Chapter 2
Sustainability and the
Built Environment
A variety of terms are important to understand when thinking about the aspects of
a city that can have a relationship with economic development and sustainability.
Urban design is concerned with the overall design of a city, land use addresses land
development activities across the city, transportation systems deal with infrastructure
related to transport in a city, and, finally, the built environment encompasses all
of these things under a larger umbrella (Handy et al. 2002). While many of the
remaining chapters will deal with smaller pieces of the built environment—trans-
portation, energy, and management, for example—this chapter is concerned with
the wider-scale concept that we call the built environment.
e built environment can have a large impact on the quality of life as well as
the economic development potential of a city. Unfortunately, many communities
are struggling with problems associated with their built environment. As discussed
in Chapter 1, many cities followed a development path over the past century that
led them to fiscal and social inequities and environmental degradation. Downtown
decline, revitalization, inll, sprawl, brownfields,
and grayfields
are all terms
used to describe aspects of a city that are closely related to the environment and
economic development. In fact, some cities will begin exploring something akin
to sustainable economic development due to the problems associated with urban
Abandoned, idled, or underused real property where expansion or redevelopment is compli-
cated by the presence or potential presence of environmental contamination (www.HUD.gov).
Previously developed commercial properties, which are underutilized, undeveloped sites
(sometimes called dead malls) (Hazardous Substance Research Center, June 2007, www.hsrc-
18 ◾  Local Economic Development and the Environment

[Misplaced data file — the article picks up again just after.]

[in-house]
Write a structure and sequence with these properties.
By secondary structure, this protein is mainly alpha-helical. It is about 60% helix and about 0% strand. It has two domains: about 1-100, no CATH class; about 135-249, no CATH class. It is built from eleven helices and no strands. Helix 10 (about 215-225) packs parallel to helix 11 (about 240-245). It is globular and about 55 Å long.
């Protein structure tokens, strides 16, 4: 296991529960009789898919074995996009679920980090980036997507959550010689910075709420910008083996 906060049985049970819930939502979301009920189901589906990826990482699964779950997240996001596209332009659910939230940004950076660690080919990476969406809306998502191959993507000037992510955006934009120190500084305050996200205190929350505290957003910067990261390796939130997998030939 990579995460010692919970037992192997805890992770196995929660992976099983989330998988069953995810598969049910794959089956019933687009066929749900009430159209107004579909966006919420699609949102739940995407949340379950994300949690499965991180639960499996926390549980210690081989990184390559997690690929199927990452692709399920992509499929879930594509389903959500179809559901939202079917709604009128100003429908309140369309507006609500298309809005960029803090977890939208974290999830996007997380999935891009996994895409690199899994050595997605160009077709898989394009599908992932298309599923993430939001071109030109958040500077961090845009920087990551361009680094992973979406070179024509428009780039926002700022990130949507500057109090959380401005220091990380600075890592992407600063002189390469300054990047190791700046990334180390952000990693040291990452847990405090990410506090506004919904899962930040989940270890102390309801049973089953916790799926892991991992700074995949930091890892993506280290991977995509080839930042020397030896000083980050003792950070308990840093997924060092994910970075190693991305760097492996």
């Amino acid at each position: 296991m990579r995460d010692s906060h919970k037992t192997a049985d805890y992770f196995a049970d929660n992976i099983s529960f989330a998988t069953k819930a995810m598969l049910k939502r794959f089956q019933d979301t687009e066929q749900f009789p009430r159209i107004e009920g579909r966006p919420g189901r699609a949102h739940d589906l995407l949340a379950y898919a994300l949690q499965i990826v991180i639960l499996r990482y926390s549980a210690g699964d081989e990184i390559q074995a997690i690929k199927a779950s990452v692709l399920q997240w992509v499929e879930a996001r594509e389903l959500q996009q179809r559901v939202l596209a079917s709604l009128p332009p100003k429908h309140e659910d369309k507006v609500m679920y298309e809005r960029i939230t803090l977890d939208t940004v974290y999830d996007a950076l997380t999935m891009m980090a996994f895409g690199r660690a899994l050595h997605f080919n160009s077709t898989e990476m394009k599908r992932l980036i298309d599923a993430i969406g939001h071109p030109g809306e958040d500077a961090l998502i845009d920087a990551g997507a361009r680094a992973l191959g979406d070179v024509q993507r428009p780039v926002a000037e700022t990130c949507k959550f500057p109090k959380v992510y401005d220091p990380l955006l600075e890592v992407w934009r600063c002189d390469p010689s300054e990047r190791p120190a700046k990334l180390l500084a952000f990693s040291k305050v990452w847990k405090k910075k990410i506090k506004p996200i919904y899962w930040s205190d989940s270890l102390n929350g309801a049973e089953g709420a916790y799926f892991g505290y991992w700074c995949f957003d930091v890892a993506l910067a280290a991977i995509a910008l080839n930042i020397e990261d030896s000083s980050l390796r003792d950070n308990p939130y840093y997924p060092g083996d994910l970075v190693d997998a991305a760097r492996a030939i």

decline and sprawl. ere are two broad, but important, aspects of the built envi-
ronment that local administrators can focus their efforts on to encourage economic
development that is sensitive to the environment: redevelopment/revitalization and
anticipatory development (Daniels and Daniels, 2003). ese broad concepts will
include many smaller topics that will be covered in-depth in other chapters of this
book. is chapter will, on the other hand, first discuss redevelopment/revitaliza-
tion, sometimes referred to as remedial development, and then turn to a discussion
of anticipatory, or new, development. e goal of this chapter is to provide a broad
look at how a city can simply use a green lens when pursuing development to find
the common ground between the environment and economic development. To fur-
ther illustrate the connections and relationships between economic development,
the natural environment, and the built environment, this chapter concludes with a
case example of Low Impact Development in Wilmington, North Carolina.
Revitalization and Redevelopment: Remedial Efforts
e word revitalization has found a common place in many local economic devel-
opment efforts. For example, Miramar, Florida, has an explicit revitalization effort
as part of its larger economic development efforts. e city says, “[b]y definition,
revitalize’ means to give new life or vitality to something. e citys revitaliza-
tion efforts reflect this, ranging from housing programs to business assistance to
social services, redevelopment initiatives, and public infrastructure improvements.
Combined, these are bringing positive change and results” (City of Miramar, 2012).
Revitalization efforts are a natural combination of economic development and sus-
tainability. In the broadest sense, revitalization is about improving and redevelop-
ing an area of a community that has suffered from a declining economic and social
condition. is aspect of revitalization goes very well with the 3 E’s definition of
sustainability: It improves the Economic condition of a neighborhood, improves or
sustains the natural Environment by not contributing to sprawl for development,
and, finally, it addresses social Equity by working on poverty problems in a com-
munity. It is easy to understand the natural connection between economic devel-
opment and sustainability simply by examining the diverse revitalization efforts
across the United States.
Urban or central city decay is not an uncommon phenomenon across the United
States. Initially, the hardest hit area in most communities was the old central busi-
ness district (CBD). Following a fundamental shift in the American economy in the
second half of the twentieth century, many cities found themselves with a declin-
ing population, changing and/or declining economic base, and increasing crime
rates (Porter, 1997). Eventually many suburban areas also faced similar negative
changes. Many cities followed a similar development path that led them to face the
problems they deal with on a day-to-day basis.

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